Happy NFL Draft Day! Dont want to gamble in the even't growing proposition market? Check out this angle utilizing the draft for season-long win totals.
The start of the NFL Draft is just hours away. Sports bettors are increasingly intrigued by the multi-day event with the growing number of prop wagers available. Although fun, some investors find it unfavorable to gamble on the first team to take a running back, or over/under on a specific franchise trading up, or last quarterback taken. It’s a crapshoot. Too many variables, too many mock drafts (barf), too much speculation, you get the picture.
For years, some investors have used the NFL Draft as a gateway to profit in other ways, primarily futures bets like season-long win totals. Here’s an angle that cashes regularly: fade poor scoring teams from the prior season that overload on offensive picks. Here’s an explanation:Imbalance Is A Signal
Keep tabs on franchises that finished in the bottom half of scoring the previous season that draft three or more offensive than defensive players, regardless of their number of picks. We're operating under the assumption that such a result signals either big trouble or big changes in the works—whether it’s a rebuilding job, new coach, new system, or whatever. Obviously, not all teams approach the draft similarly, nor does any plan or strategy function flawlessly over the event: positions go unfilled, players fall off the board, picks are traded, and so on.
In the modern NFL, where scoring is increasingly on the rise, a poor offense typically takes longer to fix than a bad defense. This is often because a mediocre or inexperienced quarterback leads the team. Not only is the man under center the important position on any squad, but also the most consistent and predictable year to year statistically. One can anticipate than an overload of offensive draft picks potentially signals a red-flag scenario that a franchise is desperate for repair. Some of these draftees may never take a snap in the NFL, or are traded away—heck, some end up playing different positions; we're also ignoring notable undrafted players. Regardless, the notion here is that there is some philosophical slant in the organization to go heavy on offense, which is just odd. The majority of teams come out of the event with at most one or two extra players on one side of the ball. Moreover, most imbalance favors defensive players historically.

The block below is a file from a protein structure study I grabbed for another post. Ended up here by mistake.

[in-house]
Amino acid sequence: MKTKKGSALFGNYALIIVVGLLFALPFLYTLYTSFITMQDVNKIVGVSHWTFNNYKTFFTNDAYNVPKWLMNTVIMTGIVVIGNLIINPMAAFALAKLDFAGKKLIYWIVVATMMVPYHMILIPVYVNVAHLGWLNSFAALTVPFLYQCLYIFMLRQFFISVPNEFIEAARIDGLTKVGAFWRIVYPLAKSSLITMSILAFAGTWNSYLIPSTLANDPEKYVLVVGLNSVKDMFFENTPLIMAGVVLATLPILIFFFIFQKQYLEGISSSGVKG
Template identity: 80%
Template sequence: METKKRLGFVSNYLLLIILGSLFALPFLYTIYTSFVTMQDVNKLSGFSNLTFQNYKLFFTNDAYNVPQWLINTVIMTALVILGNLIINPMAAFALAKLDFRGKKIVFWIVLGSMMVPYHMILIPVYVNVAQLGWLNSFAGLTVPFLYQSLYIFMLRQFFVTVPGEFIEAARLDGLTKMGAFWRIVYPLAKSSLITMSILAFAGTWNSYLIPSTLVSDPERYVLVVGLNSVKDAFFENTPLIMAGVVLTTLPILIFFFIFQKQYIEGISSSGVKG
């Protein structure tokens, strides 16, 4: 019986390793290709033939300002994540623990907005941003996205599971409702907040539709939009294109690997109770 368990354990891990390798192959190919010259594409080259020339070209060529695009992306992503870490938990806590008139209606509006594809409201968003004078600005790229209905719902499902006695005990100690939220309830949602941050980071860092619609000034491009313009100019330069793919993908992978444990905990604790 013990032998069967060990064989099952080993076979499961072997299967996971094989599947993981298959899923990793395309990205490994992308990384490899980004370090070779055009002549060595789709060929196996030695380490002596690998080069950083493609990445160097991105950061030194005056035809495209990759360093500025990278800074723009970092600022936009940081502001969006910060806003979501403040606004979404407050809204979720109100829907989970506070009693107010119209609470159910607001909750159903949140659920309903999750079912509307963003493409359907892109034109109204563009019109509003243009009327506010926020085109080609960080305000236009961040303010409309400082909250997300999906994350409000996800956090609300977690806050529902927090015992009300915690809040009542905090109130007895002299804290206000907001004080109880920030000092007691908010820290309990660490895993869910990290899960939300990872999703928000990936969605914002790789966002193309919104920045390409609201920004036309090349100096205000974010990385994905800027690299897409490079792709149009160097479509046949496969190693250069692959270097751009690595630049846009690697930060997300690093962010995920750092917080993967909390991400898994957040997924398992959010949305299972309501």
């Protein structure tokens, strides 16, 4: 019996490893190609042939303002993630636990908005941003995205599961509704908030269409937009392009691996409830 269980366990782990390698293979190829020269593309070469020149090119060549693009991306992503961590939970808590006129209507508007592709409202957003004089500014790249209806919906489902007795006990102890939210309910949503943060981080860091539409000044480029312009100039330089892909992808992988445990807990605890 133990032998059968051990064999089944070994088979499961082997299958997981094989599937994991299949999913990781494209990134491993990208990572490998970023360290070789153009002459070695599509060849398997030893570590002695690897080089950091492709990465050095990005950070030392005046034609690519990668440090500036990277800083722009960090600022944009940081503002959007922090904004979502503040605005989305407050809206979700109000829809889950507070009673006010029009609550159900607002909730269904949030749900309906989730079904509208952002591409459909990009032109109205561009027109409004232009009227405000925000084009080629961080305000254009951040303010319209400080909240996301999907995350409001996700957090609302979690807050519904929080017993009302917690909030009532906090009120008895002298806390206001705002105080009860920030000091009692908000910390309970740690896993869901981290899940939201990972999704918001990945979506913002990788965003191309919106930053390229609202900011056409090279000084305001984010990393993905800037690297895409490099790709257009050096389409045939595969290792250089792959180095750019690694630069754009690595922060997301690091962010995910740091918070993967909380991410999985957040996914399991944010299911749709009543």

Since 2001, teams that draft three or more offensive players and ranked 16th or worst in scoring the prior season are 10-17-3 over/under their win totals in the upcoming campaign. It takes time and experience to improve offense. In fact, just five of the 30 squads jumped to the top half of the league in scoring. The majority tend to perform poorly against the spread on a weekly basis, too. Including the playoffs, only eight teams owned a winning ATS record for the year (221-257-9 overall).
Three franchises overloaded on offensive picks in 2016: the Rams (5:1 offense to defense), Dolphins (6:2), and Seahawks (8:2). Seattle ranked in the top half of the league in scoring in 2015, so they get tossed in this scenario (although it did come up a half game short of their 10.5 win total), leaving Los Angeles and Miami. The Dolphins bucked the trend, despite a bottom-half scoring offense (22.1 points per game), with 10 wins; oddsmakers set the number at 7. They also eked out a favorable 9-8 ATS record. The Rams, however, made up the difference. The franchise slumped to 4 wins in their return to L.A., well below its 7.5 over/under. It also stunk it up on a weekly basis, going 4-10-2 ATS.